MySpace to do more to boost safety
MySpace says it can’t guarantee that the people who sign up for its social networking site aren’t underage or sex offenders. But it averted a potential legal battle Monday by agreeing to keep trying.
A group of 49 state attorneys general probing safety issues at MySpace and other online social networks signed a deal with the Beverly Hills-based unit of Rupert Murdoch’s News Corp. MySpace promised to help organize an industry task force to find tools for verifying the identities and ages of people online.
But North Carolina Atty. Gen. Roy Cooper and Connecticut Atty. Gen. Richard Blumenthal, who led the multi-state effort, said in separate interviews that they believed such technology was already available from companies including database specialist Aristotle Inc.
“Would I be happier if the agreement was for a specific means to verify ages and identities? Absolutely, yes,” Blumenthal said. “But this result is certainly quicker and less costly and more certain than a lawsuit would be.”
The agreement comes after two years of talks that have forced MySpace to address safety as one of its biggest issues. It was never clear what legal grounds the attorneys general might use to bring such a lawsuit, and MySpace has been careful to post general warnings about online safety.
In Monday’s “joint statement on key principles,” My- Space outlined further steps it would take, such as creating an e-mail registry that would let parents keep their kids from signing up for MySpace and similar sites, improving technology to enforce the age minimum of 14, and blocking the personal pages of 16- and 17-year-olds from being viewed by strangers unless the teens changed those settings.
“This will go a long way toward protecting personal information,” said Amanda Lenhart, a researcher who had studied teen safety issues for the Pew Internet & American Life Project.
“But every parent needs to be involved in their child’s digital life the same way they are involved in their offline life -- knowing where they are going and who with.”
MySpace will also set up a hotline for police inquiries and demand that porn stars block access to their pages by minors.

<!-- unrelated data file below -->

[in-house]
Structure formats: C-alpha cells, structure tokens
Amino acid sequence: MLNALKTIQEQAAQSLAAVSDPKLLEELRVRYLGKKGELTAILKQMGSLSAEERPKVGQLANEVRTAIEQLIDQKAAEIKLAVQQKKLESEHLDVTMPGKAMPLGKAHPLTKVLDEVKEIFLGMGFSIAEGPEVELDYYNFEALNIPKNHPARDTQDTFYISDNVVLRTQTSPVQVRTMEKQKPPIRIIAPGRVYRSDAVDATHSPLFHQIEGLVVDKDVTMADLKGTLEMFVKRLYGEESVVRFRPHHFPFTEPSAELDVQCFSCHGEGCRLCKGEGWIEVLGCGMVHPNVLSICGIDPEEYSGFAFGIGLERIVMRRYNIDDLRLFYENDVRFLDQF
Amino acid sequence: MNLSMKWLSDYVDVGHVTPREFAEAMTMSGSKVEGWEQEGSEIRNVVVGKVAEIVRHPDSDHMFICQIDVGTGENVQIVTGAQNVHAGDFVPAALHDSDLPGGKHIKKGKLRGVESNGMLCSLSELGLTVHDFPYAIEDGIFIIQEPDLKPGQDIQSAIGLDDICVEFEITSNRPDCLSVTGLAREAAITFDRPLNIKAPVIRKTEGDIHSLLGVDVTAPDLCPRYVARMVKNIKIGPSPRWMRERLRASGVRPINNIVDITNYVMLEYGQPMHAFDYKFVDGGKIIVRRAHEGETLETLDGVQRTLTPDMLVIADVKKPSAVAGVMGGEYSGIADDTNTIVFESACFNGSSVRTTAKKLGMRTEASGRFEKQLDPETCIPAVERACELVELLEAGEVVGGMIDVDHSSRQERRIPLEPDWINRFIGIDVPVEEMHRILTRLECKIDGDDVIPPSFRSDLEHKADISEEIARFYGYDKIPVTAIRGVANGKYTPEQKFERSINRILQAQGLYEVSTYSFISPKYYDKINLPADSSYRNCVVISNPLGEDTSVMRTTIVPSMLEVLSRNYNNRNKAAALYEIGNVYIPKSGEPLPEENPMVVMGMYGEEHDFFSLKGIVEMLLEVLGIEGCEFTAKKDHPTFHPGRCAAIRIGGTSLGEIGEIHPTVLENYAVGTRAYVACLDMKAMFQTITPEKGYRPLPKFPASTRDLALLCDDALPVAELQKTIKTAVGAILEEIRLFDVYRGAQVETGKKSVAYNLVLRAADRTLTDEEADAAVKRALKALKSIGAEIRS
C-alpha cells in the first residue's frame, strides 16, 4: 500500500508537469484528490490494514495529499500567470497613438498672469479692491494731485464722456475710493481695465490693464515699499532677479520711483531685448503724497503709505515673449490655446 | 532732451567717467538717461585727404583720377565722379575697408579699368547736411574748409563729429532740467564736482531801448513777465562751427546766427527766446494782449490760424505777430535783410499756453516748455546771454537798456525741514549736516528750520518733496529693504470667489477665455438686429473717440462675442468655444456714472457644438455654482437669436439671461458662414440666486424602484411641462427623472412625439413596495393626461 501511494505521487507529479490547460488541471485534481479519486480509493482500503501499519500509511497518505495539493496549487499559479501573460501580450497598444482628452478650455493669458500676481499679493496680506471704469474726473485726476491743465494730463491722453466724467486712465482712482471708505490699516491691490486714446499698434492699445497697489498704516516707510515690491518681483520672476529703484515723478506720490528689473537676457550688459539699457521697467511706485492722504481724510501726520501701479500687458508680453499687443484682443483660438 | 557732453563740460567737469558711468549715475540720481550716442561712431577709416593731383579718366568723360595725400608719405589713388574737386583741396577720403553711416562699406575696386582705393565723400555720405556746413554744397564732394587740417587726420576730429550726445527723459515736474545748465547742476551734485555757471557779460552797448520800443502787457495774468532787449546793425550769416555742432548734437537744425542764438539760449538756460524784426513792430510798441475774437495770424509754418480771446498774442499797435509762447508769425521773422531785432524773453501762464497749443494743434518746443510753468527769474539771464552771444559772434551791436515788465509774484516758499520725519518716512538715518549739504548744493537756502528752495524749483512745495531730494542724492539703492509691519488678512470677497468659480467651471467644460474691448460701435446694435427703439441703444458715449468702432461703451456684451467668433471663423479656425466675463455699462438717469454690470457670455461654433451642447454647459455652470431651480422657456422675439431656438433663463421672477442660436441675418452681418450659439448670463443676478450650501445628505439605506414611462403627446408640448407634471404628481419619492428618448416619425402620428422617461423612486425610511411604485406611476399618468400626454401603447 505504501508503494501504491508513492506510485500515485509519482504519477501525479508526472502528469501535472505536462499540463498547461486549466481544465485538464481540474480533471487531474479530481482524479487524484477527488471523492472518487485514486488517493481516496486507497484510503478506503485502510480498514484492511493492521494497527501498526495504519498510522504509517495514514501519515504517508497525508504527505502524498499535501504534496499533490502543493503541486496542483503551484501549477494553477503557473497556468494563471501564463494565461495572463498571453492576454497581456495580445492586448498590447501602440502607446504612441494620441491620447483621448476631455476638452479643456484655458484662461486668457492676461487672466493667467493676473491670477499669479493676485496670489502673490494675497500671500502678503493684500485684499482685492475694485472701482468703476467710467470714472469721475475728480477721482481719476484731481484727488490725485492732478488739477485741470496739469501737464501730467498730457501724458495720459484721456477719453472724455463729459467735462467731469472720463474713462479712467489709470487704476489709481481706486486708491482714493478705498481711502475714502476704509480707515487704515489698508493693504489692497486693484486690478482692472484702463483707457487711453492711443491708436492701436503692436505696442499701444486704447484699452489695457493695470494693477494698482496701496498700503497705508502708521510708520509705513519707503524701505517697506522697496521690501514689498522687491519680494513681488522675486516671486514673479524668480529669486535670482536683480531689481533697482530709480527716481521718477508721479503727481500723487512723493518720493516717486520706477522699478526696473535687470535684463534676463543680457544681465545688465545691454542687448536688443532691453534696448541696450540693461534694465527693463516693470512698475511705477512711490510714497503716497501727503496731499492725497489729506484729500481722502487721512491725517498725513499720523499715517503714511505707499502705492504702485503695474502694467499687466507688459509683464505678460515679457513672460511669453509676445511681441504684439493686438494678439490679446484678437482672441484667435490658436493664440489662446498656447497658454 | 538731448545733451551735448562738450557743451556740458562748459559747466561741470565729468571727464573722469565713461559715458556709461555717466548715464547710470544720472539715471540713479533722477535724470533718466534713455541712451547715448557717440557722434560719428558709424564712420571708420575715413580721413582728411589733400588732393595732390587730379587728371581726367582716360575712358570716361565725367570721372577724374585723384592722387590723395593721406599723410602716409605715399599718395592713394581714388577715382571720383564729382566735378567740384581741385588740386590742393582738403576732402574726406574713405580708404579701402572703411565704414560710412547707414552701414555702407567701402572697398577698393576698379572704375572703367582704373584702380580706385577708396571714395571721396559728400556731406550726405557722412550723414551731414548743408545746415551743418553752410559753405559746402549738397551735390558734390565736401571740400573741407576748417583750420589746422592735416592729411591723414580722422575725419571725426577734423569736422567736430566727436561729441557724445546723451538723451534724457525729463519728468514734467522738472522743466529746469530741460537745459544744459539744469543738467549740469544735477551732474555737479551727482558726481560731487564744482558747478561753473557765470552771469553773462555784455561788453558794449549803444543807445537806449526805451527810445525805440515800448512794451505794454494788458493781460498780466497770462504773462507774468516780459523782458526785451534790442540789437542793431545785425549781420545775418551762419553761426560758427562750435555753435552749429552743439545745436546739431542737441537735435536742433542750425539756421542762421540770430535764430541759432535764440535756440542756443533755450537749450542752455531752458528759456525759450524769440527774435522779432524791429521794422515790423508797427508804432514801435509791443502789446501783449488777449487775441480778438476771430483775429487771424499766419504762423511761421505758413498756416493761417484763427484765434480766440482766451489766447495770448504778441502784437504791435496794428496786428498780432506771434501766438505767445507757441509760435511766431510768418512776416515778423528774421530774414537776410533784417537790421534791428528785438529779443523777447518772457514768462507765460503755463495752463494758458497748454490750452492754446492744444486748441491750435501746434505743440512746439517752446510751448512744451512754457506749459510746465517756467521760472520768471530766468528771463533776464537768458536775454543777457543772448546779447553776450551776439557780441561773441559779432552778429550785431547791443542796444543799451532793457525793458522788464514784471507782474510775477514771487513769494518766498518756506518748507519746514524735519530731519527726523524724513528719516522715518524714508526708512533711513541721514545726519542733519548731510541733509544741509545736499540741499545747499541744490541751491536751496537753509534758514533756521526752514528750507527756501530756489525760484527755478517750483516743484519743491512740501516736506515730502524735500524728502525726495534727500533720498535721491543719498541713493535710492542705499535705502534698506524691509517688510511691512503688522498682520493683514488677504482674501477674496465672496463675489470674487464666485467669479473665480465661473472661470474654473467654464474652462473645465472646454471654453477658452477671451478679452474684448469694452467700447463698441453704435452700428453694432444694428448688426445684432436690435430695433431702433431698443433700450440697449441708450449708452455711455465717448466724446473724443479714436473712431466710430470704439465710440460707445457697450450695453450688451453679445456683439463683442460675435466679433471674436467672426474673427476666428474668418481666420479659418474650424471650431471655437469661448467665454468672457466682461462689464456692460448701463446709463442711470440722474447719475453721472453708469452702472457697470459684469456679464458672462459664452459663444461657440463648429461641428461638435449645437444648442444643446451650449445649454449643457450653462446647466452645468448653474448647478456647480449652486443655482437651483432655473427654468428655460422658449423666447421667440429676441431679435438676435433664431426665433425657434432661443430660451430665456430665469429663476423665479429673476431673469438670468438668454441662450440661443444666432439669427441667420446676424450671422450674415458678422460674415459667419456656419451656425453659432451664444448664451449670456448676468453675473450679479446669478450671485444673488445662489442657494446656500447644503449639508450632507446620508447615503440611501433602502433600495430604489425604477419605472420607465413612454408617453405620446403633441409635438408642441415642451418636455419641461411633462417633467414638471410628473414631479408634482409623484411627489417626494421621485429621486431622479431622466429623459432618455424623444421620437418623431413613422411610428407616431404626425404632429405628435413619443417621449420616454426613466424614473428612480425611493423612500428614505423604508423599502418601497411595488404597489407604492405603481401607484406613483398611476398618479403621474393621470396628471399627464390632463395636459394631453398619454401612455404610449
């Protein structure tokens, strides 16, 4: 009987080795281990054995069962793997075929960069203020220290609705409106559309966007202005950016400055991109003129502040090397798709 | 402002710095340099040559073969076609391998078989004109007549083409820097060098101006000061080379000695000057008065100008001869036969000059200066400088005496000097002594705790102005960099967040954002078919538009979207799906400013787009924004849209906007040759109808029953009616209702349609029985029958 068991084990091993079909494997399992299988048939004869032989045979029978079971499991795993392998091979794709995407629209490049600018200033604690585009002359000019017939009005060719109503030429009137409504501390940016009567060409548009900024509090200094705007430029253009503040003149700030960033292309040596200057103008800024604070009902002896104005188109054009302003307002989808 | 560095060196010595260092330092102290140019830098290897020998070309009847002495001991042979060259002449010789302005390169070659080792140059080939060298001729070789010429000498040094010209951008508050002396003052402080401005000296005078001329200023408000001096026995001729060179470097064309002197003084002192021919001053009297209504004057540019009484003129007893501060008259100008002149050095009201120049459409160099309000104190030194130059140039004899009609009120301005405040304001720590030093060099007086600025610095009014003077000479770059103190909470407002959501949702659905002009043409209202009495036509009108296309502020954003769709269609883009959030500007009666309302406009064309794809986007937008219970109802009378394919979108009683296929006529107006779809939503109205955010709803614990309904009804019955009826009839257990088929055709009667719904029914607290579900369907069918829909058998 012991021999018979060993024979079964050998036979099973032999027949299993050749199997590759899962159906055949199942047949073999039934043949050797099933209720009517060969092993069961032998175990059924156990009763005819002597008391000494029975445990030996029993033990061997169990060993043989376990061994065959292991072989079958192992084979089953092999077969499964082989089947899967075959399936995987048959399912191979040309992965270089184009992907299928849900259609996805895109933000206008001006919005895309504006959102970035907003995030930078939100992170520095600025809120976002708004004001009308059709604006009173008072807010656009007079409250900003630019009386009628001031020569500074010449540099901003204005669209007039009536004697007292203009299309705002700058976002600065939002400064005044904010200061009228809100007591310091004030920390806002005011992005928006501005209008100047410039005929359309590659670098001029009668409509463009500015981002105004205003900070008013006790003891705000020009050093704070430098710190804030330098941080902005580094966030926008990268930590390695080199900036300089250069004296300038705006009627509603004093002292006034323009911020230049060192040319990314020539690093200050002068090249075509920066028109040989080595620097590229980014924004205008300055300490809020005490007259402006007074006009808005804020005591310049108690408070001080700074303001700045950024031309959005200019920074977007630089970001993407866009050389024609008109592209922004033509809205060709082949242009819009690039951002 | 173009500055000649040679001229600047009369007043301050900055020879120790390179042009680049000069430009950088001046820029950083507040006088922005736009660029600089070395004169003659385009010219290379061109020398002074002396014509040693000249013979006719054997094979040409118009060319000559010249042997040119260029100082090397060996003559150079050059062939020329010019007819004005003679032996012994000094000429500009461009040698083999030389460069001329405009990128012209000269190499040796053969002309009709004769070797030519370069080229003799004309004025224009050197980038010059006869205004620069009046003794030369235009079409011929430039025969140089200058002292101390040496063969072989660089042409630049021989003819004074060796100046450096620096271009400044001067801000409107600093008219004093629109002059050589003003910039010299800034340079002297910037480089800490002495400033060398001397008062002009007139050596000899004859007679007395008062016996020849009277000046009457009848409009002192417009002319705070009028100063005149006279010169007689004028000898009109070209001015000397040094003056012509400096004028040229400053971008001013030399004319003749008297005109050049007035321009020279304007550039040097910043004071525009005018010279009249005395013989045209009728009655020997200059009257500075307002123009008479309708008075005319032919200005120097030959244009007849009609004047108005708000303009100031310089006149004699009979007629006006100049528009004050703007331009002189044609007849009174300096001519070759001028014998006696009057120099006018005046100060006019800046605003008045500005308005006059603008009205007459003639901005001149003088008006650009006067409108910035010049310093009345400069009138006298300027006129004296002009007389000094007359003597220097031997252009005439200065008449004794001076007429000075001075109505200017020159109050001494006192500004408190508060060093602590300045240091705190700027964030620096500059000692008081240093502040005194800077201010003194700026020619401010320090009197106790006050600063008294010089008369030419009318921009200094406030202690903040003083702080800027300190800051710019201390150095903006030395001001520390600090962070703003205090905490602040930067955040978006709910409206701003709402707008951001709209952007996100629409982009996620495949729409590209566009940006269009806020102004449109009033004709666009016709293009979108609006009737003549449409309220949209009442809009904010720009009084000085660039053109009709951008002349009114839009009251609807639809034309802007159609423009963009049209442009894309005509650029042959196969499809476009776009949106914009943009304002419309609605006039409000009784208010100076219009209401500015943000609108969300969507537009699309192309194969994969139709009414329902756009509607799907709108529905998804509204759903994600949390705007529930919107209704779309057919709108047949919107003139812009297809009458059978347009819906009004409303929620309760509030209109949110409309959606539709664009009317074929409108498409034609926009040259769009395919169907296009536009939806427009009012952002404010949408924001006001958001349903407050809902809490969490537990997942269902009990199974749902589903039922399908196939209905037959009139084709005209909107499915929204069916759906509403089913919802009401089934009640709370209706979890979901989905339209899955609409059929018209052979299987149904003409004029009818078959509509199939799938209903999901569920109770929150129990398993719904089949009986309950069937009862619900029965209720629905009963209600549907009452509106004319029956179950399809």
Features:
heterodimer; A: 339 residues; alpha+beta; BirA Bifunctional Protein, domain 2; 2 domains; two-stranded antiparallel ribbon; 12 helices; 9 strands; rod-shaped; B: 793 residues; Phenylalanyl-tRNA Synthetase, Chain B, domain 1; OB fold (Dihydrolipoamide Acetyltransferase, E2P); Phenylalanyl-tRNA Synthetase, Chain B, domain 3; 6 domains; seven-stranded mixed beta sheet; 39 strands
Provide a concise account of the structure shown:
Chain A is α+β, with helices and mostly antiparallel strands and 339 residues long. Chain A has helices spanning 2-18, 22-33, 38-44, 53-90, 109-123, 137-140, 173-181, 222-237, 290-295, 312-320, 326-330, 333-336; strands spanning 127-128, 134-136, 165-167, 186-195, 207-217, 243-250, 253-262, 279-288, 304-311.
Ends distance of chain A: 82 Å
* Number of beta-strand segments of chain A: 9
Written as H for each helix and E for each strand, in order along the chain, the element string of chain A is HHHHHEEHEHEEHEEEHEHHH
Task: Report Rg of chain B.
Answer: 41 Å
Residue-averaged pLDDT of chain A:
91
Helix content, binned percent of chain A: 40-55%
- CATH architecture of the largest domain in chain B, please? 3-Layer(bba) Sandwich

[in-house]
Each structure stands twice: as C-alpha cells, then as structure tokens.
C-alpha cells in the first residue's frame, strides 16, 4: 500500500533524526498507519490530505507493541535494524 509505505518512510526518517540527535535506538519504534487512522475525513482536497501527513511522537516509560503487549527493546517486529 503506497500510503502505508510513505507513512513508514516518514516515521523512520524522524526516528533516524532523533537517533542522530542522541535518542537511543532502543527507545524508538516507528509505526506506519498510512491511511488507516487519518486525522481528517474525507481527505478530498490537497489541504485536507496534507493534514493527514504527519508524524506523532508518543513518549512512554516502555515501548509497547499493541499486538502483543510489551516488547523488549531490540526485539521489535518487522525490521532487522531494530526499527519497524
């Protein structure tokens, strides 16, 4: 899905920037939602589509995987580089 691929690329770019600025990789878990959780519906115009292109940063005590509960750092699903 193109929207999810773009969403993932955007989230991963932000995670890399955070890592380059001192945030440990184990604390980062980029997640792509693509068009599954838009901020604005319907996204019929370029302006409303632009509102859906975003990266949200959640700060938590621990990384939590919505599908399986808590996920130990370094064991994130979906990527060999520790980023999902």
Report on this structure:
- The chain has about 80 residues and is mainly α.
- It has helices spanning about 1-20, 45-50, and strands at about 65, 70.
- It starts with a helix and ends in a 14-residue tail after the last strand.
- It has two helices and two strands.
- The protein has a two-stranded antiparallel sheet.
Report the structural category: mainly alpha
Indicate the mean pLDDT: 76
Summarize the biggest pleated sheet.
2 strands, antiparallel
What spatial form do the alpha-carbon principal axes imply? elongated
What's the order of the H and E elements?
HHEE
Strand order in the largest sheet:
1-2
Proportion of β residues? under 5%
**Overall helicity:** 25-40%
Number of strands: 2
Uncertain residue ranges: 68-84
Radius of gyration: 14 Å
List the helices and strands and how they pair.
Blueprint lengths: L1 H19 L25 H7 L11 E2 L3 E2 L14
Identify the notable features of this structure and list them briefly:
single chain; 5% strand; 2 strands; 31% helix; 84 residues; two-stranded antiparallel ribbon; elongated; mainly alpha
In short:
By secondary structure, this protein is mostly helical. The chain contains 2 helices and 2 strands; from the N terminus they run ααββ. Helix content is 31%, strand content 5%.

MySpace, which News Corp. acquired in 2005, struck the deal with attorneys general from every state but Texas, where some teens who were allegedly raped by men they met on MySpace are now suing the company.
Monday’s compromise could prove to be an interim step toward resolving a controversy about the proper supervisory role for sites that cater to both teens and adults.
The issue gained wide public and political attention after cases of statutory rape and violence, along with media stings, followed meetings arranged through such sites.
Problems have included teens pretending to be adults and adults pretending to be teens.
Websites targeted at pre-teens require substantial identifying information from parents, who then grant permission for their children to get involved in activities. MySpace has argued that such steps are impractical for its tens of millions of members, most of whom are adults.
“In the past two years, we studied all the different technologies out there and didn’t find any product that works in identifying under-18s,” said MySpace Chief Security Officer Hemanshu Nigam, who was hired in 2006 after the site first faced accusations of being lax on child safety.
“We also recognize that the landscape in the safety area is changing. With a lot of heads working together, I think we can make great progress.”
MySpace and faster-growing rival Facebook Inc. have already taken a series of steps under pressure, such as pledging to review posted pictures and videos and respond promptly to complaints.
Of course, restrictions based on age won’t mean much if someone is lying about his or her age in the first place.
But at least, said North Carolina’s Cooper, MySpace is now on record as acknowledging that age and identity verification are worthy goals -- a concession that could eventually be useful in court, should it come to that.